There are also multiple races for the Central Bucks School District board, as well as other school boards across the DelVal. School District 1 voters will be picking between Democratic incumbent Karen Smith and Republican challenger Dr. Stephen Mass. District 2 features incumbent Republican Dana Hunter, the current school board president, against Democrat Heather Reynolds. In District 3, it’s Democrat Dana Foley against Republican Glenn Schloeffel. District 6 is a race between Republican Aarati P. Martino and Democrat Rick Haring. District 8 features Democrat Susan M. Gibson against Tony Arjona.

Polls open at 7 a.m. and close at 8 p.m. on Tuesday. Sample ballots can be accessed here.

Montgomery County will see a major change in its leadership with the election of two new commissioners to the three-seat board. Jamila Winder, who was appointed to fill out the remainder of Val Arkoosh’s term, is running for election as a Democrat. Lawyer Neil Makhija, who ran for state representative in Carbon County in 2016, is running as a Democrat. Republicans Thomas DiBello, a businessman, and Liz Ferry, an Upper Dublin commissioner, are also seeking voters’ approval.

Other major contests include the sheriff’s race between Democratic incumbent Sean P. Kilkenny and Republican Ed Moye.

Polls open at 7 a.m. and close at 8 p.m. on Tuesday. Sample ballots can be found here. People looking to see if they can vote in the election can get more information here.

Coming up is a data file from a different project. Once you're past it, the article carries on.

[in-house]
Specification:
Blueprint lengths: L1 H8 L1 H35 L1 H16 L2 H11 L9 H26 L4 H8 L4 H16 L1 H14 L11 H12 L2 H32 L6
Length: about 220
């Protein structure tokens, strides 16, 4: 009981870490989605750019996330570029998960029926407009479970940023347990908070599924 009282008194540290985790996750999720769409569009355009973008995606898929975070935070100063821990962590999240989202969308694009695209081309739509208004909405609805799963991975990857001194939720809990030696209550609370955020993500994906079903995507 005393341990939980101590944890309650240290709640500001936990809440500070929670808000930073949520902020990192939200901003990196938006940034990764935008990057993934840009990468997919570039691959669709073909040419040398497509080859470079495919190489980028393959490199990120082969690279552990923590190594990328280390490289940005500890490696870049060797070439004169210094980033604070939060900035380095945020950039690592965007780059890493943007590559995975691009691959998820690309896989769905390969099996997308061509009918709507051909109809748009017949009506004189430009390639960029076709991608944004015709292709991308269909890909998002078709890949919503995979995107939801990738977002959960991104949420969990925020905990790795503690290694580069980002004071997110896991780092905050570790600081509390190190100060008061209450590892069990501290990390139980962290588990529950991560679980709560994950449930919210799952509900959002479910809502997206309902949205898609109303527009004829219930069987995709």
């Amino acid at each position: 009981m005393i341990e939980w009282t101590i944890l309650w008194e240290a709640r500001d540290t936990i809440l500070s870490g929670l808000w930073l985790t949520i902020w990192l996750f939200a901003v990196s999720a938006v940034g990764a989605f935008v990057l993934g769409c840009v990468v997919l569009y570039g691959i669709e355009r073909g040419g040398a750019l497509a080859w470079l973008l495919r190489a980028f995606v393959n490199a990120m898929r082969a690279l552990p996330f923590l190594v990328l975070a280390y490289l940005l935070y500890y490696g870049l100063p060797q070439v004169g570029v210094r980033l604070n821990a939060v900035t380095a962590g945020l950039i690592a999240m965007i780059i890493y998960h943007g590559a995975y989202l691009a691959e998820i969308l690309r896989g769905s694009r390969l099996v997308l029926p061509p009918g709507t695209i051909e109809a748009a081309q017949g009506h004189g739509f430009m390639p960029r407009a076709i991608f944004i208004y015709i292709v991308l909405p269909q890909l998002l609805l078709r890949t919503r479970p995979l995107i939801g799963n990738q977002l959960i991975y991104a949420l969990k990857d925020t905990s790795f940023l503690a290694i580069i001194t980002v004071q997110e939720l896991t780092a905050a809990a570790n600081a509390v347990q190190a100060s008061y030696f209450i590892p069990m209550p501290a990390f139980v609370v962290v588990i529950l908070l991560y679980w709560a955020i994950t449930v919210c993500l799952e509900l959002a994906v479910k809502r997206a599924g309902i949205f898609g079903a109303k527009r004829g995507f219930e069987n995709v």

Chester County’s polls are open from 7 a.m. until 8 p.m.

A referendum expanding the Honey Brook Township Board of Supervisors from three to five is creating local buzz.

There will also be a new District Attorney in Chester County. Ryan L. Hyde is running as a Republican against Democrat Christopher de Barrena-Sarobe.

There could also be turnover on the County Board of Commissioners. Incumbent Democrats Josh Maxwell and Marian Moskowitz are running for re-election. They are facing Republicans David C. Sommers and Eric Roe. The Democrats, who became the first Democratic majority to run the county in 2019, tout their record of inclusivity, affordable housing, and the environment. But the Republicans point to the escape of convicted murderer Danilo Cavalcante from the county prison despite a previous escape by an inmate using the same method, as a reason to question Maxwell and Moskowitz’s competency. Both serve on the Prison Board, along with Sheriff Fredda Maddox, also a Democrat. who is running for Common Pleas Judge. Her Chief Deputy Kevin Dykes, a Democrat, is being challenged by former sheriff’s deputy Republican Roy Kofroth.

A sample ballot can be found here.

Delco, Foundation Vow to Fight ER Closure

At a press conference outside Delaware Memorial Hospital on Monday, Delaware County Council Chair Monica Taylor, Ph.D. sounded the alarm about the hospital’s emergency room closing.

After the hospital company announced the hospital would be changing to a mental health facility without an ER, the Foundation for Delaware County sued for an injunction. The hospital is appealing a court ruling granting it.

“The health and safety of the tens of thousands of residents who live in the eastern section of Delaware County is in jeopardy,” said Taylor. “On Friday evening, the Pennsylvania Department of Health announced an order closing the Emergency Department here at Delaware County Memorial Hospital due to staffing.